Few players in Mexico have had as big an influence on one club as Jesus Arellano at Monterrey. The creative midfielder, who honed his skills in Los Rayados’ youth teams, played an instrumental part in the club’s three recent championship wins and is a revered figure among Monterrey fans, having rejected several deals with European clubs to stay at the Estadio Tecnologico. Even when he is not on the pitch, his adoring supporters invariably sing songs dedicated to the man they call Cabrito (Little Goat).
Arellano has also represented his country with distinction, appearing at three FIFA World Cup™ finals, (France 1998, Korea/Japan 2002 and Germany 2006). He earned many admirers in the first of those competitions with his electrifying appearances as a second-half substitute, galvanising his team-mates in the process. The following year he helped El Tri win the FIFA Confederations Cup on home soil and also formed part of the squad that won the 2003 CONCACAF Gold Cup.
One of the few trophies Arellano has yet to win is the CONCACAF Champions League, a record he can start putting straight on Wednesday evening when Monterrey host MLS side Real Salt Lake in the first leg of the 2011 final. At stake is not just the coveted cup but a place at the FIFA Club World Cup Japan 2011.
Now approaching his 38th birthday, the mercurial midfielder is not the influential force he once was, though he can still turn a game whenever the need arises. He showed that two weeks ago in the 1-1 draw against Santos Laguna, returning to the starting XI after a two-year absence to stamp his authority on proceedings and score his side’s goal.
The veteran has since made another league start and is now setting his sights on a place at the globe’s biggest club competition, which is just two games away for Los Rayados. “I really want to play in the Club World Cup,” he said in his usual measured tone. “It would be very important for me, but first of all we have to beat Salt Lake and then I have to train day after day to stay in the coach’s thoughts.”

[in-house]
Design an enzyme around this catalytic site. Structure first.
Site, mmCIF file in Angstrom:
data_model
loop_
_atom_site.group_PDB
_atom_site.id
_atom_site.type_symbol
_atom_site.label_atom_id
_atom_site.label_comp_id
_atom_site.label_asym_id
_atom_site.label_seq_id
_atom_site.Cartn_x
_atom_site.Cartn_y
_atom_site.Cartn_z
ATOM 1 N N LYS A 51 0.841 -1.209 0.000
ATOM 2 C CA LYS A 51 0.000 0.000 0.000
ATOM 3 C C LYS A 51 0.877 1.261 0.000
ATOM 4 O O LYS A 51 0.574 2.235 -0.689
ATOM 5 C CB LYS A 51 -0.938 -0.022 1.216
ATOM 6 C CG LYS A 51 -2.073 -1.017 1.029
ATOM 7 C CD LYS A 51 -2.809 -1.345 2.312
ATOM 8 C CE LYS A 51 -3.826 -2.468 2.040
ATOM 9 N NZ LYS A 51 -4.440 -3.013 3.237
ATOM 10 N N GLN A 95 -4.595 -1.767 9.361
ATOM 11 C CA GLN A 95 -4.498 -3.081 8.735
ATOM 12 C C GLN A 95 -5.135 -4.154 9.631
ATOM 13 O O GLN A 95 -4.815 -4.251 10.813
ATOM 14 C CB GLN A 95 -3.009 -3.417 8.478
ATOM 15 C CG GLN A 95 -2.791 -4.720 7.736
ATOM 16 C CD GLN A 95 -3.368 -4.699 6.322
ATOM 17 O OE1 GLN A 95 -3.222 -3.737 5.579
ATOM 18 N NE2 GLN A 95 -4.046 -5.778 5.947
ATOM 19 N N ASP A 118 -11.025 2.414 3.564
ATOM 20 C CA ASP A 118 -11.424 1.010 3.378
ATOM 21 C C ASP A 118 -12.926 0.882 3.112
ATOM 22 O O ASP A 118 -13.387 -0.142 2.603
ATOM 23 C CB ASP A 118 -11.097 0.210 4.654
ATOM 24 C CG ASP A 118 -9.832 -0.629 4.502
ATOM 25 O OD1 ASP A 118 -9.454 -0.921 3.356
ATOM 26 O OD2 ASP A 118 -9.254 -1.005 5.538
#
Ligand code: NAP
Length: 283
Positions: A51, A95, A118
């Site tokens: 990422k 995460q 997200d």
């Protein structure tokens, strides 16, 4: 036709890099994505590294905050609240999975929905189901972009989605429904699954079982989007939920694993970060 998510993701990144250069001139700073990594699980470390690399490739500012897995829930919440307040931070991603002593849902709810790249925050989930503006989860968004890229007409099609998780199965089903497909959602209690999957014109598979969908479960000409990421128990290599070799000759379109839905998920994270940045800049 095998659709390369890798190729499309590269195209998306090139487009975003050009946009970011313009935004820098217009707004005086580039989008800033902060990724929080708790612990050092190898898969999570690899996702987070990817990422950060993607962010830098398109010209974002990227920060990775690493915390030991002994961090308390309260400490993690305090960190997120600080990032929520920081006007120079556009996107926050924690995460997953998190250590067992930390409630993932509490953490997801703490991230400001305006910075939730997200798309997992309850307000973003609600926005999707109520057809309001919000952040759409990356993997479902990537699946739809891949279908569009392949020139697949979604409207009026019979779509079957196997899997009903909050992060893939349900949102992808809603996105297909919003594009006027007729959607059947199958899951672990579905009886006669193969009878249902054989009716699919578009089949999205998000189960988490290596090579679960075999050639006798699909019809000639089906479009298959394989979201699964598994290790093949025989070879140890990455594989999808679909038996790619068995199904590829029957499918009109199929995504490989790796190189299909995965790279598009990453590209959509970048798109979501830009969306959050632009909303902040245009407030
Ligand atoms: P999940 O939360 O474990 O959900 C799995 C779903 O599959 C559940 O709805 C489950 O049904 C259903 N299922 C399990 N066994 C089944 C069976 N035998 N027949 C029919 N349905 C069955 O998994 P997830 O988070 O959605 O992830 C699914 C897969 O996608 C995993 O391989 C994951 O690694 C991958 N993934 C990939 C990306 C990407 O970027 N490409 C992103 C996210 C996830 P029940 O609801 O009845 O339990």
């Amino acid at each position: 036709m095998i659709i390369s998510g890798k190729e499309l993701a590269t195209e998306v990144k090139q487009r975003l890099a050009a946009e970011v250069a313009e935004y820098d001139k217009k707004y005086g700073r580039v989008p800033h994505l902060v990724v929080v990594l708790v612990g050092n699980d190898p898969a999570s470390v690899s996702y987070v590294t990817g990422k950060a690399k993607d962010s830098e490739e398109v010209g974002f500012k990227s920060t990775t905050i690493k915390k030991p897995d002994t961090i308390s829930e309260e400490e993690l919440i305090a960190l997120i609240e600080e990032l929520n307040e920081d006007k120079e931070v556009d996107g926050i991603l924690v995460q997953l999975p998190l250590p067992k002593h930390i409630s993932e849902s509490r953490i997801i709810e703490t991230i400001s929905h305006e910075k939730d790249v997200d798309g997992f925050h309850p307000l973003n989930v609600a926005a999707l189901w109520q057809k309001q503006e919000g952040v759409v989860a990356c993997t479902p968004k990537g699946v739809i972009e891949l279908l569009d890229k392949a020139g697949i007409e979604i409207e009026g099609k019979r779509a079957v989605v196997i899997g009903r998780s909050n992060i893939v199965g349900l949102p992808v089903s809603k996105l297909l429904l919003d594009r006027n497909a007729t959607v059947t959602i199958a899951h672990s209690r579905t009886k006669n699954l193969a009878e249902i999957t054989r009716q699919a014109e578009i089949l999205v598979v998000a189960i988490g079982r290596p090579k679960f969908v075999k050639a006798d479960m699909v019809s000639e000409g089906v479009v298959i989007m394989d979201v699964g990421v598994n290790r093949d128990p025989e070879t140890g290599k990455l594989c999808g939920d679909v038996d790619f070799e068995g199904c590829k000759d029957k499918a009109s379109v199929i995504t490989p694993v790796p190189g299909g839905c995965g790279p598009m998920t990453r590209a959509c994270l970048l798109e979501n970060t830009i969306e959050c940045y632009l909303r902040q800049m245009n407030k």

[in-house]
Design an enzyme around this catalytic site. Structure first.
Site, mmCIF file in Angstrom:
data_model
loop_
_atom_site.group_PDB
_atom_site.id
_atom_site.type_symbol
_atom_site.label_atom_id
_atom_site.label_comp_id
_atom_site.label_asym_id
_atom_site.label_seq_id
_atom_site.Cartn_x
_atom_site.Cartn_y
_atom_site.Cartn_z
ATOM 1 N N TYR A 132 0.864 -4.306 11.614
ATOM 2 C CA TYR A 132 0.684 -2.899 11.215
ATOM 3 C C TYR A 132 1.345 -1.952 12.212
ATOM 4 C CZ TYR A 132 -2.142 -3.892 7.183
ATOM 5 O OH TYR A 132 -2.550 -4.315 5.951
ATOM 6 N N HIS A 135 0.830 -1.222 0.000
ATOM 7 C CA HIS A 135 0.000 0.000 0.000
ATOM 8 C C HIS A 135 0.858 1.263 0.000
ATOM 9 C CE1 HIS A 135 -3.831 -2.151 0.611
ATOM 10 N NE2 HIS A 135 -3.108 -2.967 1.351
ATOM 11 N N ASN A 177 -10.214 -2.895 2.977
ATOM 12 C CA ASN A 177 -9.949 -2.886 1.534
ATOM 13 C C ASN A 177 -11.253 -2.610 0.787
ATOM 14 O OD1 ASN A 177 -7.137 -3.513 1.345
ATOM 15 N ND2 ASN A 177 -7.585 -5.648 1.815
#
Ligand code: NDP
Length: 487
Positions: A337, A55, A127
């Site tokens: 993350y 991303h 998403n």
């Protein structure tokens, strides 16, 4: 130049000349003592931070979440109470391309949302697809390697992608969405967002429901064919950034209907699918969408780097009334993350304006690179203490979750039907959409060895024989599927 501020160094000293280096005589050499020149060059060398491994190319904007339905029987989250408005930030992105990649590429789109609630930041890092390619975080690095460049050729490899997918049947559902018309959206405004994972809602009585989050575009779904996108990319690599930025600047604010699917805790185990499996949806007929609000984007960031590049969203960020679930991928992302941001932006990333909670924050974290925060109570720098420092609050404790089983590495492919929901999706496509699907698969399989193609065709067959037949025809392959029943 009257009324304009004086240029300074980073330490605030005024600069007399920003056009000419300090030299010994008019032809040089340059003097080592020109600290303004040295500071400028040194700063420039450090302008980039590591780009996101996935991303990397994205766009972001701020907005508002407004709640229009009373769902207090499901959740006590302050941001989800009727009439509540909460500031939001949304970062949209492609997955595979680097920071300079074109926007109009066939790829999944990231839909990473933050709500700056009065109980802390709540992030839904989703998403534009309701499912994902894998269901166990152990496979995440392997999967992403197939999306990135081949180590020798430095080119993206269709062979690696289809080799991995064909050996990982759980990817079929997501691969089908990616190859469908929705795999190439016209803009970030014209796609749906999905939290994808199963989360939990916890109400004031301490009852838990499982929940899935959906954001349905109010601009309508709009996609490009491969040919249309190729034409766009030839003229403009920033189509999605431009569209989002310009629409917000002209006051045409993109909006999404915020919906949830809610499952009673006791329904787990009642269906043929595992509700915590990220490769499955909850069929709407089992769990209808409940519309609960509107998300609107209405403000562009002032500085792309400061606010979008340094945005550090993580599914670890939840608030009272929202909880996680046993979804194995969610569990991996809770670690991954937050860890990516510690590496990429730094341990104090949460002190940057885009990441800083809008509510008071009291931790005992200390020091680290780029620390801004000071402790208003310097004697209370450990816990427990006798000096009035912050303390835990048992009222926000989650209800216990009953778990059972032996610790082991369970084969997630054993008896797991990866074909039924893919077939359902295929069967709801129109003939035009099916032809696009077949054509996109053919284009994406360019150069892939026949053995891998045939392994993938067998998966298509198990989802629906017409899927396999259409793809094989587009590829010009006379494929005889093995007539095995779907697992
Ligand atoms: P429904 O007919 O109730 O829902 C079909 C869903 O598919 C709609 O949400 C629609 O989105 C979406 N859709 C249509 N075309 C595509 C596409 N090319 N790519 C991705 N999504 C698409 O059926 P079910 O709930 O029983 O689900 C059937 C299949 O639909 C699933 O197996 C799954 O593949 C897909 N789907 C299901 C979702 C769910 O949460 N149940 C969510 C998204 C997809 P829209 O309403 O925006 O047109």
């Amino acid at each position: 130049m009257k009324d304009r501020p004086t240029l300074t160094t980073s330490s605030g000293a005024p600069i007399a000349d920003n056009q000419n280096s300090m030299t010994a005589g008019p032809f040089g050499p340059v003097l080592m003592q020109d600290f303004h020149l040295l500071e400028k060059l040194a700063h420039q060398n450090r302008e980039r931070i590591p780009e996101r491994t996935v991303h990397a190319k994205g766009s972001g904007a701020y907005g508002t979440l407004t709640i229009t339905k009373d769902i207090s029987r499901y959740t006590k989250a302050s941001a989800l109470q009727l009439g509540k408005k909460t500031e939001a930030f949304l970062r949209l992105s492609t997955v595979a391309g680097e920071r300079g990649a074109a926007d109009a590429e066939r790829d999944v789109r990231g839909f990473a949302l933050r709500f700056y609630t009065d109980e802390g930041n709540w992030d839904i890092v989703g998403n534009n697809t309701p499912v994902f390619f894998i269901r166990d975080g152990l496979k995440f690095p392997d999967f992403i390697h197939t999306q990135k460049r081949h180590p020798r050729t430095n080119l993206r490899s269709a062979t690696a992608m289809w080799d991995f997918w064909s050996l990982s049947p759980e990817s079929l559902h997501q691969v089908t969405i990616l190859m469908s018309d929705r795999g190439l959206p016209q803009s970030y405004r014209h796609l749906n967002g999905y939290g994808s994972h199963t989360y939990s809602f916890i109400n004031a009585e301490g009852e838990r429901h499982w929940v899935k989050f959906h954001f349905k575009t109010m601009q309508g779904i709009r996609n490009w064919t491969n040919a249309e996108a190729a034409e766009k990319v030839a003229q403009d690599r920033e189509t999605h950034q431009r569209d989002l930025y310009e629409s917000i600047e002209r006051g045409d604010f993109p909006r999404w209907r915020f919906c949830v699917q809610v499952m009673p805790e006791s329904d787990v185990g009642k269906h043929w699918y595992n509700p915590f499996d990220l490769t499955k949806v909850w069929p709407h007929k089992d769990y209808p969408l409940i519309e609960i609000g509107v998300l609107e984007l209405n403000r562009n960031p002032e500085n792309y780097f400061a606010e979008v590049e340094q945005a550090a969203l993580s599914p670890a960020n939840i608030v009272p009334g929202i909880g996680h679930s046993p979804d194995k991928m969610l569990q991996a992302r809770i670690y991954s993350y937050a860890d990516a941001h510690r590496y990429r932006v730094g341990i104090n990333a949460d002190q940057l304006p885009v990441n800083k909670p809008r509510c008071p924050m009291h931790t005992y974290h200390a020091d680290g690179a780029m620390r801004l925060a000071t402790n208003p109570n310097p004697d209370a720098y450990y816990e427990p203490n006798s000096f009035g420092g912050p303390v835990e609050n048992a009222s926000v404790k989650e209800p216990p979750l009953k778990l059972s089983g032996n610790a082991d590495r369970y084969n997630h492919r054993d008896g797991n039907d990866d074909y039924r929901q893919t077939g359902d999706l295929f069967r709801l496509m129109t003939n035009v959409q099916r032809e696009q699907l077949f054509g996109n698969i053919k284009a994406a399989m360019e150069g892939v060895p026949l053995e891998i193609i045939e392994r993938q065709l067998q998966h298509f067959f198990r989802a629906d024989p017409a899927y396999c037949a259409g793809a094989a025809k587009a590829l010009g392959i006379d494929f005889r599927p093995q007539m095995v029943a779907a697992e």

His team-mates have no doubts as to Arellano’s continuing importance to the team, among them Luis Ernesto Perez, another Rayado idol and who also featured in Monterrey’s three title wins: “We all know what Chuy can do and you can see how much talent he still has. I still think he has a long time left to keep on showing it.”
Perez, who also made the trip to Germany 2006, is aiming to return to the global stage with his friend and team-mate. “I hope we can both make the trip there [to Japan 2011],” he said. “He’s always been very important for the club and for us too, of course, for his team-mates. It would be a dream come true to play in that tournament with him.”
Convinced that he had shown all he had to show in Mexican football, Arellano actually announced his retirement from the game 18 months ago. His team-mates talked him out of it, and his U-turn has proved out to be wise one. And even though Japan may yet provide him with the best possible swansong, El Cabrito is only thinking about the here and now. “I’ve carried on playing because I like it and I enjoy it,” he explained. “We’re out there every day, training and trying to get better, trying to be ready for the moment when the coach picks his team, no matter what the competition is.”
The only competition Arellano and his colleagues are thinking about at this moment in time is the Champions League, and tonight’s crucial game against Real Salt Lake at the Tecnologico, which kicks off at 21.00 (local time). And whether he’s playing or not, the ageless Arellano is sure to have his praises sung by the Monterrey faithful.